The Industrial and Labour Division of the Accra High Court has granted an interlocutory injunction restraining nine unions from continuing with their indefinite strike over issues concerning their tier-two pension funds.
Justice Saed Kwaku Gyan, a Court of Appeal judge sitting with additional responsibility as a High Court judge, has, therefore, directed the leadership of the unions to ensure an immediate end to the indefinite strike and return to work with their respective members.
The effected unions are the Health Services Workers Union (HSWU), Ghana Registered Nurses Association (GRNA), Ghana Medical Association (GMA), Ghana Physician Assistants Association (GPAA), and the Ghana Pharmacists Association(GPA).
The others are the Ghana Association of Certified Registered Anaesthetists (GACRA), the Ghana National Association of Teachers (GNAT), the Teachers and Educational Workers Union (TEWU) and the National Association of Graduate Teachers (NAGRAT).
“This order of interlocutory injunction is to take immediate effect and shall remain in force for a period of eight days or until a further order of this court,” the court said.
The court also directed the plaintiff/applicant, which in this case is the Attorney General, to file a fresh motion of notice for interlocutory injunction and serve it on all the defendants/respondents — the unions.
“All efforts should be made to immediately or promptly serve all the defendants/respondents with the writ and statement of claim filed by the plaintiff/applicant herein, namely, suit number INDL/6/15 dated 24th day of October, 2014.”
According to the court, the defendants/respondents affected by the instant order of interlocutory injunction may if they so wish within the period of eight days provided in the order apply to the court to vacate the order.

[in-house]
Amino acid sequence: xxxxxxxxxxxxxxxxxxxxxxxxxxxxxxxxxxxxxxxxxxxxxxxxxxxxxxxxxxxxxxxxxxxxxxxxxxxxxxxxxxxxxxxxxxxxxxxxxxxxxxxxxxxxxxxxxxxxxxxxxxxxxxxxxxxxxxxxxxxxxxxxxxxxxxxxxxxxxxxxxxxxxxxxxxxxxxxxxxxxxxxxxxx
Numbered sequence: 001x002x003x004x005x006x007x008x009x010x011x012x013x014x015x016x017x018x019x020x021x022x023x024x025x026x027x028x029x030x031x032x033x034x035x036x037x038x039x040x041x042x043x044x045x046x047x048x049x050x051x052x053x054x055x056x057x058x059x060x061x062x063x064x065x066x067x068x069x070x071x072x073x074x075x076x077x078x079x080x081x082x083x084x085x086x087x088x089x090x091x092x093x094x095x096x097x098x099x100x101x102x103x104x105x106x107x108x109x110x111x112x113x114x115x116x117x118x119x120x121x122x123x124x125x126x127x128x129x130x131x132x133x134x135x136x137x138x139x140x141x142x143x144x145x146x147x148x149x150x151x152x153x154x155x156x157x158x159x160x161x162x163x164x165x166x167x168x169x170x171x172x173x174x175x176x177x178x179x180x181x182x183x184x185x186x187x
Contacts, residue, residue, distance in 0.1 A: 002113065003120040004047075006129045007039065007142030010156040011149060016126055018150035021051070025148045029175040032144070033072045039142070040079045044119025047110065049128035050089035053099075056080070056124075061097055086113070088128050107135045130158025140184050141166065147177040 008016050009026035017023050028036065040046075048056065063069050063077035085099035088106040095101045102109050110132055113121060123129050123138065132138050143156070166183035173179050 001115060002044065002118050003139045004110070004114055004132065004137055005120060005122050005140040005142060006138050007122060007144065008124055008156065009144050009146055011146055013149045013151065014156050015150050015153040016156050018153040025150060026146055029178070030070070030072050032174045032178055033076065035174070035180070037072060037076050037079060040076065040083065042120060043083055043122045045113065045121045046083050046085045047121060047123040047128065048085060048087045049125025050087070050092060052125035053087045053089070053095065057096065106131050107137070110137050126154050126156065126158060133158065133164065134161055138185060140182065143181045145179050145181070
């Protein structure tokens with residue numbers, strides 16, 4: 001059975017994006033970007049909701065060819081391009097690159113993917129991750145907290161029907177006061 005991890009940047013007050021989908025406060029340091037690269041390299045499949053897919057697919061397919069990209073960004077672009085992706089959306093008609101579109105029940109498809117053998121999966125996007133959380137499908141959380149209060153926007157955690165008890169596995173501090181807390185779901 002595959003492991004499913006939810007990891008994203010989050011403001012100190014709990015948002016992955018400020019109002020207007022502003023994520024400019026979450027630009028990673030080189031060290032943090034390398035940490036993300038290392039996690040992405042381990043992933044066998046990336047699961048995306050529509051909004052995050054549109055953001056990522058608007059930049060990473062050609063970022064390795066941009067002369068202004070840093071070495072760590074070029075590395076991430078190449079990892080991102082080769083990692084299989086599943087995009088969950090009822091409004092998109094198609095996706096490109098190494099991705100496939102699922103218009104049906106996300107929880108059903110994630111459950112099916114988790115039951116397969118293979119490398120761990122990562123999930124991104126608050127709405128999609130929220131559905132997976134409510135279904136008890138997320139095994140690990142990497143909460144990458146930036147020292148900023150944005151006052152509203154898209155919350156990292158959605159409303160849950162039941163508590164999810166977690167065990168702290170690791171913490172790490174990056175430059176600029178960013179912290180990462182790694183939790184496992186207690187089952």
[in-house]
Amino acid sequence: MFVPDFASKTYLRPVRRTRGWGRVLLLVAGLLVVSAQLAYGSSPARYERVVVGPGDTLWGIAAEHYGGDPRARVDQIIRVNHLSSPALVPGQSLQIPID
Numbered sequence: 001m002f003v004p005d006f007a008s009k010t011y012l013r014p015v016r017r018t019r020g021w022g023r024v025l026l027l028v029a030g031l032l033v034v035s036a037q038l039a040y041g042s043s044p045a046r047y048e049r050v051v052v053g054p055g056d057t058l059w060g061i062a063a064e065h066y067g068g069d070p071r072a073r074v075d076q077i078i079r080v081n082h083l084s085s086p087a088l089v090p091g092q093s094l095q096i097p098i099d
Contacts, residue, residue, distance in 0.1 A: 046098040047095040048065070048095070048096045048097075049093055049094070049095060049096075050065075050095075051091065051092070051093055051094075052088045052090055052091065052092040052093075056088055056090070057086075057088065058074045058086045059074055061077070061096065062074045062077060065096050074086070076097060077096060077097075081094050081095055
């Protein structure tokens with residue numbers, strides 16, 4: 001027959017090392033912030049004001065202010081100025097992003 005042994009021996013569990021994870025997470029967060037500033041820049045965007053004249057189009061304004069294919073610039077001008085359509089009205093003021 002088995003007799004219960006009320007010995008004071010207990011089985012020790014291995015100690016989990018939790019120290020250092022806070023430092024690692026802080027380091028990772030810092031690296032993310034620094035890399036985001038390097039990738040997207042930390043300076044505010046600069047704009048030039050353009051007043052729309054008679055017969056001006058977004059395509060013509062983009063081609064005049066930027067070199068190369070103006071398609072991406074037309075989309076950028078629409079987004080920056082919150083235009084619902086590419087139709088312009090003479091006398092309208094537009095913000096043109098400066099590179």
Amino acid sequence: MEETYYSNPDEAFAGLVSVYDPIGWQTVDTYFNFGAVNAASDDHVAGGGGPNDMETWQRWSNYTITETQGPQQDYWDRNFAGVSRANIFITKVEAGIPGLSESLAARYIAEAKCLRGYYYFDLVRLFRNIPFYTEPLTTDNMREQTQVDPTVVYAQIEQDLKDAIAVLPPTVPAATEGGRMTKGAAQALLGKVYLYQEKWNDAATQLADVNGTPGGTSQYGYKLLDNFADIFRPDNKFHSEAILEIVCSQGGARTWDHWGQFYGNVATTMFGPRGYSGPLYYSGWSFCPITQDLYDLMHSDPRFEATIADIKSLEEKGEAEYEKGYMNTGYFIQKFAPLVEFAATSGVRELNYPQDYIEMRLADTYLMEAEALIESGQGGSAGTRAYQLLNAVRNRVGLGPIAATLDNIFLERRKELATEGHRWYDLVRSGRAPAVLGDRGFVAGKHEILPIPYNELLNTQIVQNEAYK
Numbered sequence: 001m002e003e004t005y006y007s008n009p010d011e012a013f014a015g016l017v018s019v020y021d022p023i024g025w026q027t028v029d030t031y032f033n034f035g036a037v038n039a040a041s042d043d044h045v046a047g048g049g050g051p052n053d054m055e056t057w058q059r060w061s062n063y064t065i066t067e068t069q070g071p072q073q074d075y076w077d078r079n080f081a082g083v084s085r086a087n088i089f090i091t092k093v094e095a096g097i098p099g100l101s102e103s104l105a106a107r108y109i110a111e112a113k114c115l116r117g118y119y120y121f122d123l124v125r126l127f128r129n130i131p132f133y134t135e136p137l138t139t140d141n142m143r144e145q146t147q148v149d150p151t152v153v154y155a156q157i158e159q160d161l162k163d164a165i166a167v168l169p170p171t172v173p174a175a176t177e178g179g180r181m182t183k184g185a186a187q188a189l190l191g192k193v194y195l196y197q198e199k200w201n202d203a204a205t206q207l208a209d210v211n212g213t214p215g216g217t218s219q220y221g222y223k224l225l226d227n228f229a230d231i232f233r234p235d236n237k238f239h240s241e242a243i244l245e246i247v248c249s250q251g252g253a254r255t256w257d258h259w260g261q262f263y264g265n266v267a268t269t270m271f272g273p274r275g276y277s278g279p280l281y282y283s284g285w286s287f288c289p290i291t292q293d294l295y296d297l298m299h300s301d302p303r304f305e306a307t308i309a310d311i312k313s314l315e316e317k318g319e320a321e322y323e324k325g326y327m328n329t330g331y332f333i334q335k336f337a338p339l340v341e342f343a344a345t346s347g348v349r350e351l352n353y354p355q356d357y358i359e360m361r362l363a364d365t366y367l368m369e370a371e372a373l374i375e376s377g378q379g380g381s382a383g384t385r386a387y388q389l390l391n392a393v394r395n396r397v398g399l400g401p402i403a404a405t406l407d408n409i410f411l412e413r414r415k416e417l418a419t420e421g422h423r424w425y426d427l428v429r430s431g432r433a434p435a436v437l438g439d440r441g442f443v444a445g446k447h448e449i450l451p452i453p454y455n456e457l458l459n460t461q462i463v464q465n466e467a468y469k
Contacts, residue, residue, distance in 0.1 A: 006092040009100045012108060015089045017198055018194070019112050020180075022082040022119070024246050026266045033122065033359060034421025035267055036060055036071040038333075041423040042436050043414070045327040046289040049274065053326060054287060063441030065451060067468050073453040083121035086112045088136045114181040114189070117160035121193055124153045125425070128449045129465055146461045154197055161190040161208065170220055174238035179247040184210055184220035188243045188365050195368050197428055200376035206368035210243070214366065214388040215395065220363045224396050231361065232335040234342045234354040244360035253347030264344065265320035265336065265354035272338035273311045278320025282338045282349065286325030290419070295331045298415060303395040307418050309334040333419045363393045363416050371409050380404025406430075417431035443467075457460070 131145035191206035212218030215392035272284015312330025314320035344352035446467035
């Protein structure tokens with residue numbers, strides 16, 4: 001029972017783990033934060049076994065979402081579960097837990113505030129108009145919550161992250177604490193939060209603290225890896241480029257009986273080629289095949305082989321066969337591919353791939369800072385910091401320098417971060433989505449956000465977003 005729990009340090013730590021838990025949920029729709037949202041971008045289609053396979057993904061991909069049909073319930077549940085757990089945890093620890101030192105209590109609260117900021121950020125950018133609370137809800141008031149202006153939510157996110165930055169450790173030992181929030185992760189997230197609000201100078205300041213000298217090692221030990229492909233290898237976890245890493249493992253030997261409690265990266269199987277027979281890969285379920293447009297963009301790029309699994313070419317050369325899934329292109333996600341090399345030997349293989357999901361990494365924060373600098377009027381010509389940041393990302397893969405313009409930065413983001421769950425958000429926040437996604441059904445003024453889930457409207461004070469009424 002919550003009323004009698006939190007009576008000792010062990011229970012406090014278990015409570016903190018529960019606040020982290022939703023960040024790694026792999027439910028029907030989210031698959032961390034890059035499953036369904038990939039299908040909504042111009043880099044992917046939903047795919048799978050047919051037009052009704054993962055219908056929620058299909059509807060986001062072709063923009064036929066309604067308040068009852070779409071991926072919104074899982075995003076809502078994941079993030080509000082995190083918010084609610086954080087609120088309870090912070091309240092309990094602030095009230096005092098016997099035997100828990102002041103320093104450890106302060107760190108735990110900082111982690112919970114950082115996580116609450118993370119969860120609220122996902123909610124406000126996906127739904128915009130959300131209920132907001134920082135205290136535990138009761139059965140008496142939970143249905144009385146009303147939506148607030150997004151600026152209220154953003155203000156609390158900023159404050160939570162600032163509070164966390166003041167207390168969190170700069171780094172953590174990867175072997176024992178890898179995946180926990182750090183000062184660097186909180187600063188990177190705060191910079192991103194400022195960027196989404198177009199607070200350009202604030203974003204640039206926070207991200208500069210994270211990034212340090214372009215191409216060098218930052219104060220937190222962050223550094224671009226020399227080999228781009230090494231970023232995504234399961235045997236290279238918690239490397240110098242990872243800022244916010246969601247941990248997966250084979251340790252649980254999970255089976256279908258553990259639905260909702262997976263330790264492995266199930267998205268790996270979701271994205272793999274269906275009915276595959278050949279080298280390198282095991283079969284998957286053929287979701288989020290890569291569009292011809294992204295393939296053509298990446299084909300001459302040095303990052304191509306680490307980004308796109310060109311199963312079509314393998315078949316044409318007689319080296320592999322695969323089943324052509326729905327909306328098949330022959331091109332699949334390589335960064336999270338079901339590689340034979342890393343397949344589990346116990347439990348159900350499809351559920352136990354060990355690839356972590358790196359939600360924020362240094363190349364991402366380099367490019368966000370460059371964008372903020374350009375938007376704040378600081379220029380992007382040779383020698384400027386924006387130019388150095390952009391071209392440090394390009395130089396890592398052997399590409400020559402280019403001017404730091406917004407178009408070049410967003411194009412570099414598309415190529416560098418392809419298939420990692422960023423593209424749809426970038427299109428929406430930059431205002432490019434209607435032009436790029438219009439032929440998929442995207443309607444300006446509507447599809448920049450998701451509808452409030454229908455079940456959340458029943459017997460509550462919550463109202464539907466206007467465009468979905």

“In view of the urgency and delicacy of the issues raised in the substantive suit, all parties are hereby encouraged to cooperate to facilitate the early determination of all the issues in controversy in the said case in the ultimate and best interest of Ghana as a nation,” the court said.
The court, however, enjoined all the parties and stakeholders in the case to exercise maximum restraint and decorum to ensure that the peace, stability and well-being of the nation is assured for the benefit of all.
About 12 labour unions are currently on an indefinite strike in protest against the government’s decision not to allow them to manage their tier-two pension funds.
Under the new pension law, the National Pensions Act, 2008 (Act 766), the Social Security and National Insurance Trust (SSNIT) gets 13.5 per cent from contributors, while five per cent goes to the second-tier operators to be managed by corporate trustees on behalf of contributors — employees of public and private institutions.
Although the law was passed in 2008, it took effect in 2010, within which it mandated employers to deduct five per cent of their employees’ monthly salaries and pay them into a Temporary Pensions Fund Account (TPFA) at the Bank of Ghana (BoG).
The account was to absorb the contributions in the meantime, while the National Pensions Regulatory Authority (NPRA), which is the regulator of the pension industry, put up the right regulatory framework, license the trustees and register them for actual work to start.
The Minister of Employment and Labour Relations, Mr Haruna Iddrisu, explained recently that the government could not entrust the management of the pension scheme into the hands of the workers’ unions.
The unions have, however, vowed to call off their strike only if the government released the money that had accrued from their tier-two pension fund into their various schemes.
The Attorney-General, on October 24, 2014, sued the workers on behalf of the government, asking the Accra High Court to declare the indefinite strike illegal.
A statement of claim accompanying the suit prayed the court for an order to compel the unions to call off the strike and resume work.